Are we not entertained?

And if not, does it reallly matter?

Through Sunday's action, we've gone through 65 National Basketball Association playoff games.

More than half of those games, 37, have ended with a winning margin of 10-plus points. Roughly 57 percent of all NBA playoff games this season have been decided well before the final moments of the fourth quarter.

A quarter of these games have been blowouts of 20 points or more, an eyesore on the competitive nature of a playoff.

For this, the wrath has descended upon the NBA with charges of a non-entertaining, uninteresting postseason. Many believe the slate of playoff games are little more than a formality. With the powerhouse Cleveland Cavaliers and Golden State Warriors slaying everything in their paths, the rest of the playoffs are just an exercise in futility.

Does this matter, though? Do the playoffs have to be exciting?

The answer is no.

Sure, professional sports playoffs have transformed into a money-grabbing enterprise that borders on the absurd, but at the heart of it, we're still crowning a champion. The playoffs don't fail because of a few lopsided rounds.

What if it's the fans and media's fault? What if we're all to blame for the current state of playoff competition? We've pushed a culture of rings or get out, and the players have responded in suit. I'm sure Kevin Durant had a million reasons to join the Warriors as a free agent, but one of the chief ones was a better chance at a title. The rich get richer, and the gap between them and the other teams grows larger, resulting in more blowouts in the early rounds.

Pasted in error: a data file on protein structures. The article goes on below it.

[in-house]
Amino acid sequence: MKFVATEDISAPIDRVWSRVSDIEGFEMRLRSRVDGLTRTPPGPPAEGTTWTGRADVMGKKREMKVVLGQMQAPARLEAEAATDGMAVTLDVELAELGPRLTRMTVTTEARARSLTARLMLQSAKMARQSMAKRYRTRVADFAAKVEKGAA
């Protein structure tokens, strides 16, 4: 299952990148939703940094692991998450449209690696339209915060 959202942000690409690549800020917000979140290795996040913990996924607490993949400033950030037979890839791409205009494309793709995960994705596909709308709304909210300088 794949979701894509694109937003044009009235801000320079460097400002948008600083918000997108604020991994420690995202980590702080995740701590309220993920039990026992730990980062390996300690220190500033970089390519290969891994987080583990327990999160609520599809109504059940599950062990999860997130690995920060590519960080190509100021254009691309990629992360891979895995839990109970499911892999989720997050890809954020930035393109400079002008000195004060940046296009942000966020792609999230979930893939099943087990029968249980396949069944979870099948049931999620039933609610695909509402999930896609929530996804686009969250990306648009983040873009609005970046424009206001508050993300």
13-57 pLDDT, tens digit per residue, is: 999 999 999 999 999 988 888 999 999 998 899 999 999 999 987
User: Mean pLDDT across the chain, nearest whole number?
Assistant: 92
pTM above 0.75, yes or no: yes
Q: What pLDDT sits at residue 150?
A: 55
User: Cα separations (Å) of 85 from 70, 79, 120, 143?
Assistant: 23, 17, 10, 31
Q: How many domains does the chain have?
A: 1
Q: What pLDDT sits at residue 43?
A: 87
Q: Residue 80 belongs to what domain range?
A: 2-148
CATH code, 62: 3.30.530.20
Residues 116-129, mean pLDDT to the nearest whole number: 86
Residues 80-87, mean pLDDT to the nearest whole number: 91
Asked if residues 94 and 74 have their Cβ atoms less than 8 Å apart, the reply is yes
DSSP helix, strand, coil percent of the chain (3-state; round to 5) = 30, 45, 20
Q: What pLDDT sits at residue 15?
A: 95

Even in that scenario, wouldn't two loaded teams meeting in the Finals produce a must-see series? It seems more beneficial as a whole to have a stronger end than beginning of a playoff season.

The NBA offices aren't sweating because a few matchups in the early rounds aren't as close as some would like. Frankly, who cares? No one is going to remember the mid-April first round series between Boston and Chicago by the time next season starts. We'll be talking about the Finals, regardless of how competitive they are.

If the Finals produce a dud, we'll just move on to the simplest definition of a playoff: producing a champion. Regardless of how things go, the winning team will spark discussions on historical comparisons, legacies, and the like. The 1990s produced more than its fair share of unwatchable playoff performances, but none of it takes away from Michael Jordan's impressive feat of winning six championships. The individual series matter less and less as time goes on.

The playoffs are never for the masses. It's a competition for the select few; the elites of the game. The other stuff is just background noise until we crown the champion. And if you don't like it, it probably means your team isn't involved.


Shane McOwen can be reached at or on Twitter @ShaneMcOwen.


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